Harry Belafonte: How the singer-activist harvested his anger at being poor

Harry Belafonte was angry at his poor childhood, but he channeled it into a lifelong mission to fight for civil rights

Harry Belafonte
Harry Belafonte (1927-2023)

The life of Harry Belafonte, the Jamaican-American singer, songwriter, actor, producer and activist, who passed away in New York on Tuesday (April 25), was not an easy one. He had occupied a lonely place, not just between West Indian and American culture, but between Black and White identities as well. He was angry at the poverty-scarred world of his childhood and the anger he felt about his circumstances only grew as he got older.

Belafonte, however, refused to let that anger consume him. Instead, he channelled it into a life-long mission to fight for civil rights and social justice —through his music, his activism, or his personal relationships. He used his fame and influence to raise awareness about the struggles of the marginalized and to fight against racism, poverty, and violence.

Throughout his life, Belafonte found guidance and inspiration from figures like Martin Luther King Jr. and the principles of nonviolence. He also sought to understand the complexities of his own anger, undergoing half a century of Freudian analysis to gain insight; it helped him. Long after he had immersed himself in the civil rights movement, he would still be trying to understand that anger, thinking of ways to make it melt away.

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When he started his memoir, he could see the little boy he was ‘in all his complexities, angry and hurt, almost always alone.’ But it still eluded him why that boy had harnessed his anger to propel himself forward, to achieve greatness, and ultimately devote his life to tearing down racial barriers with determination. ‘Perhaps, in the end, where your anger comes from is less important than what you do with it,’ he writes early on in his autobiography, My Song: A Memoir of Art, Race & Defiance (2011), co-written with Michael Shnayerson. “I was born into poverty, grew up in poverty, and for a long time poverty was all I thought I’d know. It defined me; in the depths of my soul I think it defines me still. I felt not just angry but somewhat afraid, and vulnerable,” he writes.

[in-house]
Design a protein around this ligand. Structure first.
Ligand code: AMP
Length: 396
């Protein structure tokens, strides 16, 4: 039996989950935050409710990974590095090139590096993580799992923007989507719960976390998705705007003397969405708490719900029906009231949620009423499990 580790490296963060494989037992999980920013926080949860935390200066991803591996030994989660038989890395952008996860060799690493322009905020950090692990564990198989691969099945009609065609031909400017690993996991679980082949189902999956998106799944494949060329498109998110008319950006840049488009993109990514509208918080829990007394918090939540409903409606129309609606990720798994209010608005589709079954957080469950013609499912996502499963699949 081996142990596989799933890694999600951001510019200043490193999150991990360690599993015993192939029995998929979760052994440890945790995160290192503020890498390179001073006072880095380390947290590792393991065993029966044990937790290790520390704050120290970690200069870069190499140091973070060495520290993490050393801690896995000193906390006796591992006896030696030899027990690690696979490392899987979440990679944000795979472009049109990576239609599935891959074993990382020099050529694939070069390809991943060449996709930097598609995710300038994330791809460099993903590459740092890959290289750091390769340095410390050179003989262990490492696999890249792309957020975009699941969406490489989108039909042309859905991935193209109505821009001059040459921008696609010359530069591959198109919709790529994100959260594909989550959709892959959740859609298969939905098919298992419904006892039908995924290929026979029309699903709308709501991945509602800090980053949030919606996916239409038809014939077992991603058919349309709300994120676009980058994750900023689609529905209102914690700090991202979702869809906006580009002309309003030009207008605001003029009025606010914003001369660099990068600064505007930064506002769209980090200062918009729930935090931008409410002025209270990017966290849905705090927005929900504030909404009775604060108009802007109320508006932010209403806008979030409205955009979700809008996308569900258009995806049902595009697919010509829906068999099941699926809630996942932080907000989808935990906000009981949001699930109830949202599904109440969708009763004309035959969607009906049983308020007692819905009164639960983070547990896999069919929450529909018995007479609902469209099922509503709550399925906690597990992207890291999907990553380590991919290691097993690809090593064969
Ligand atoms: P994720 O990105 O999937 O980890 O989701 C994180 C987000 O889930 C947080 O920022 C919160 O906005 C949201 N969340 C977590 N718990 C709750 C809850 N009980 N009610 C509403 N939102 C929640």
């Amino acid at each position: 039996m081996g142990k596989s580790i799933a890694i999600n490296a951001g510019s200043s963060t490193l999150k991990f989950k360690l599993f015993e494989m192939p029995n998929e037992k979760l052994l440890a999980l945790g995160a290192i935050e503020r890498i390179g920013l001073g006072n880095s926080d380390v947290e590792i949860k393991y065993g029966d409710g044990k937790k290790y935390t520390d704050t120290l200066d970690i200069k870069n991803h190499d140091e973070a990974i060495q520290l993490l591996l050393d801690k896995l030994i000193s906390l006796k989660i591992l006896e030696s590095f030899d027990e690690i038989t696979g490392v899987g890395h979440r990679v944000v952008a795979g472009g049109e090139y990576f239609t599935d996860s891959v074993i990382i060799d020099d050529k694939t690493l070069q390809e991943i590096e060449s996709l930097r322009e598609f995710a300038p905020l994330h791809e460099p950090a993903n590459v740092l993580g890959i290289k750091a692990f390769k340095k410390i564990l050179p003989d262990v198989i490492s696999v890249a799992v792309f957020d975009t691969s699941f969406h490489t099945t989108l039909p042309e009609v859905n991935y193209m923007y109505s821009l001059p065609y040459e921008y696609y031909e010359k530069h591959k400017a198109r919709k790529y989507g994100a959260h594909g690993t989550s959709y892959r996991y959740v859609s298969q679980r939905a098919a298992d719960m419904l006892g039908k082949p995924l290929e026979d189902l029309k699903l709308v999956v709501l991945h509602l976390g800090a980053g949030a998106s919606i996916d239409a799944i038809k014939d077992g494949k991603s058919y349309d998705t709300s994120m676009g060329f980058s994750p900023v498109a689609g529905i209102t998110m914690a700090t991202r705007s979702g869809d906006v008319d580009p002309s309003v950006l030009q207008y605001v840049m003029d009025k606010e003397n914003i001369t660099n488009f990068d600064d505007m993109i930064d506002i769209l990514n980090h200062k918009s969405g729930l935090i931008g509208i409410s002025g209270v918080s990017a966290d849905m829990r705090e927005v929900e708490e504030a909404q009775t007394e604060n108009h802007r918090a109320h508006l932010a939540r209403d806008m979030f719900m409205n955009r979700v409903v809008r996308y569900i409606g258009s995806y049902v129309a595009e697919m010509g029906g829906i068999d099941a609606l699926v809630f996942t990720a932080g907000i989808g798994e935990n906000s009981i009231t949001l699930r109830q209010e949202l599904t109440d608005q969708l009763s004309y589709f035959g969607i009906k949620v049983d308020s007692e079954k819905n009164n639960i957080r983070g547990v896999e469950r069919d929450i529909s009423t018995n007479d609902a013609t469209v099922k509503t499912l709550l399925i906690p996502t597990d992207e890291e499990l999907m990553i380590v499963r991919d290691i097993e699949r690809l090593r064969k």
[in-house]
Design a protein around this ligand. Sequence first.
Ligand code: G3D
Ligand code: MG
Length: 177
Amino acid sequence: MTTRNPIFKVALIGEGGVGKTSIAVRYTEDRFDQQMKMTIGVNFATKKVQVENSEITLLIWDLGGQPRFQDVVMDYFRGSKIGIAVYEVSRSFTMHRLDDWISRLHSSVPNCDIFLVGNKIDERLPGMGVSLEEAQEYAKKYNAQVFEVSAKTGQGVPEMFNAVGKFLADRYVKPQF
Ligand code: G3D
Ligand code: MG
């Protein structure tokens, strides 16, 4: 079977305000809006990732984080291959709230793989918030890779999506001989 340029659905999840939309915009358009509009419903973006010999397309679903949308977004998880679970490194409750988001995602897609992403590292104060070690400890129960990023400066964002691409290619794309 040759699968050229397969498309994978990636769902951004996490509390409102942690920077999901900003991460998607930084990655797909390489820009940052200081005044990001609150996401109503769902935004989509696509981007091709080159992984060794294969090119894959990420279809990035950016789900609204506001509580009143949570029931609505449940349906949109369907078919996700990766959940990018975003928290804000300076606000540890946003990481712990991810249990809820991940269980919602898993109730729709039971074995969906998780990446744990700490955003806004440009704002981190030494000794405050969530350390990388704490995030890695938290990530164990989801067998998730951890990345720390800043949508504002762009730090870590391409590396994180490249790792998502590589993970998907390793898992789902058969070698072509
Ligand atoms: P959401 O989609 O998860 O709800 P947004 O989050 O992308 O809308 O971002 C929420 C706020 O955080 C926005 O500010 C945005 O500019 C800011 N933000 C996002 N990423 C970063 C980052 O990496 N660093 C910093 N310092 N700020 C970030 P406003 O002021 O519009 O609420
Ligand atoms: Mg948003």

Activism over art

Belafonte, who famously declared that he was “an activist who’d become an artist,” lived a life devoted to using art to advance civil rights and other important causes. Born into poverty and raised in New York City by a race-conscious mother who admired Pan-African movement leader Marcus Garvey and Ethiopian Emperor Haile Selassie, Belafonte faced challenges early on in life, including the loss of sight in one eye as a child when he was fiddling with his white grandmother’s scissors. However, he also had influential supporters such as Eleanor Roosevelt and jazz saxophonist Charlie Parker, who backed him during his debut as a jazz singer at the Royal Roost in 1949.